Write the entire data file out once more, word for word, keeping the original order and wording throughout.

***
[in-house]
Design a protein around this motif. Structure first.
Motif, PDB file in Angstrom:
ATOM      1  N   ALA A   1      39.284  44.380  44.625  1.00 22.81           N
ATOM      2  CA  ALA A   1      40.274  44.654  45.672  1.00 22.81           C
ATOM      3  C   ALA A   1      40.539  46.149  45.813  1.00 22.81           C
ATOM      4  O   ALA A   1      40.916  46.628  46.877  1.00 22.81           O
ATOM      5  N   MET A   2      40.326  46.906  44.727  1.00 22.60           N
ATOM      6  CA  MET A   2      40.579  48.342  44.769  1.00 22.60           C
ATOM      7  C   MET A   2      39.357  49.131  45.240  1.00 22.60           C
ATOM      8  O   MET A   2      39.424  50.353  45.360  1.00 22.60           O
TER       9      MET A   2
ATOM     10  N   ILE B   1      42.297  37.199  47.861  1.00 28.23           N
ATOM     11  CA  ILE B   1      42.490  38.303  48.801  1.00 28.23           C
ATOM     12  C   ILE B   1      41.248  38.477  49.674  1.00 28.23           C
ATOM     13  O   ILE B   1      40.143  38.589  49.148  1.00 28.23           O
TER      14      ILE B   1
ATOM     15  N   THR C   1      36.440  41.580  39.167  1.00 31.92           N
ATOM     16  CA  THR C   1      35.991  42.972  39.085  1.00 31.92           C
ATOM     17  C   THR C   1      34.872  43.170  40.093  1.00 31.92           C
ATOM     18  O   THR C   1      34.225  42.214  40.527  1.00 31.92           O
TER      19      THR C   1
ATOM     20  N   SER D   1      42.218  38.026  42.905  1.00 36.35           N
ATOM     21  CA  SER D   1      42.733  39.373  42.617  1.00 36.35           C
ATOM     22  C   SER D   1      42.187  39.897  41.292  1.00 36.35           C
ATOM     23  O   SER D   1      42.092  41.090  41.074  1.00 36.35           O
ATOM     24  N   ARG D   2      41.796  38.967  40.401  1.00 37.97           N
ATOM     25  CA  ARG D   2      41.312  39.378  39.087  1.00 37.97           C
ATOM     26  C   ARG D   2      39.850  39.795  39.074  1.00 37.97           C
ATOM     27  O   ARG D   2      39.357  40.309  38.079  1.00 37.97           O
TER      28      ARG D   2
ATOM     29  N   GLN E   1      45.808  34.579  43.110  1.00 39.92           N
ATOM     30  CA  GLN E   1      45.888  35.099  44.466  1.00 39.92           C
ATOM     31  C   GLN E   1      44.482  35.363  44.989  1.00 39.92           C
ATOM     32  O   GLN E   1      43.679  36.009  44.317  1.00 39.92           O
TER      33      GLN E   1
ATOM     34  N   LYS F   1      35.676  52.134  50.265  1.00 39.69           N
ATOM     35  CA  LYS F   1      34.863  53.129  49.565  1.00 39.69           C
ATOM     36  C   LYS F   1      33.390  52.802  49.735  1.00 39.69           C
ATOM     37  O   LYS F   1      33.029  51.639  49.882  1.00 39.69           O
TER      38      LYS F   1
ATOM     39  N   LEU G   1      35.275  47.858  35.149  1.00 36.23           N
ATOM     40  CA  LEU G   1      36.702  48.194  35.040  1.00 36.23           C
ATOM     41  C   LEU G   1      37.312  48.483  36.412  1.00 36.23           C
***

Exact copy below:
[in-house]
Design a protein around this motif. Structure first.
Motif, PDB file in Angstrom:
ATOM      1  N   ALA A   1      39.284  44.380  44.625  1.00 22.81           N
ATOM      2  CA  ALA A   1      40.274  44.654  45.672  1.00 22.81           C
ATOM      3  C   ALA A   1      40.539  46.149  45.813  1.00 22.81           C
ATOM      4  O   ALA A   1      40.916  46.628  46.877  1.00 22.81           O
ATOM      5  N   MET A   2      40.326  46.906  44.727  1.00 22.60           N
ATOM      6  CA  MET A   2      40.579  48.342  44.769  1.00 22.60           C
ATOM      7  C   MET A   2      39.357  49.131  45.240  1.00 22.60           C
ATOM      8  O   MET A   2      39.424  50.353  45.360  1.00 22.60           O
TER       9      MET A   2
ATOM     10  N   ILE B   1      42.297  37.199  47.861  1.00 28.23           N
ATOM     11  CA  ILE B   1      42.490  38.303  48.801  1.00 28.23           C
ATOM     12  C   ILE B   1      41.248  38.477  49.674  1.00 28.23           C
ATOM     13  O   ILE B   1      40.143  38.589  49.148  1.00 28.23           O
TER      14      ILE B   1
ATOM     15  N   THR C   1      36.440  41.580  39.167  1.00 31.92           N
ATOM     16  CA  THR C   1      35.991  42.972  39.085  1.00 31.92           C
ATOM     17  C   THR C   1      34.872  43.170  40.093  1.00 31.92           C
ATOM     18  O   THR C   1      34.225  42.214  40.527  1.00 31.92           O
TER      19      THR C   1
ATOM     20  N   SER D   1      42.218  38.026  42.905  1.00 36.35           N
ATOM     21  CA  SER D   1      42.733  39.373  42.617  1.00 36.35           C
ATOM     22  C   SER D   1      42.187  39.897  41.292  1.00 36.35           C
ATOM     23  O   SER D   1      42.092  41.090  41.074  1.00 36.35           O
ATOM     24  N   ARG D   2      41.796  38.967  40.401  1.00 37.97           N
ATOM     25  CA  ARG D   2      41.312  39.378  39.087  1.00 37.97           C
ATOM     26  C   ARG D   2      39.850  39.795  39.074  1.00 37.97           C
ATOM     27  O   ARG D   2      39.357  40.309  38.079  1.00 37.97           O
TER      28      ARG D   2
ATOM     29  N   GLN E   1      45.808  34.579  43.110  1.00 39.92           N
ATOM     30  CA  GLN E   1      45.888  35.099  44.466  1.00 39.92           C
ATOM     31  C   GLN E   1      44.482  35.363  44.989  1.00 39.92           C
ATOM     32  O   GLN E   1      43.679  36.009  44.317  1.00 39.92           O
TER      33      GLN E   1
ATOM     34  N   LYS F   1      35.676  52.134  50.265  1.00 39.69           N
ATOM     35  CA  LYS F   1      34.863  53.129  49.565  1.00 39.69           C
ATOM     36  C   LYS F   1      33.390  52.802  49.735  1.00 39.69           C
ATOM     37  O   LYS F   1      33.029  51.639  49.882  1.00 39.69           O
TER      38      LYS F   1
ATOM     39  N   LEU G   1      35.275  47.858  35.149  1.00 36.23           N
ATOM     40  CA  LEU G   1      36.702  48.194  35.040  1.00 36.23           C
ATOM     41  C   LEU G   1      37.312  48.483  36.412  1.00 36.23           C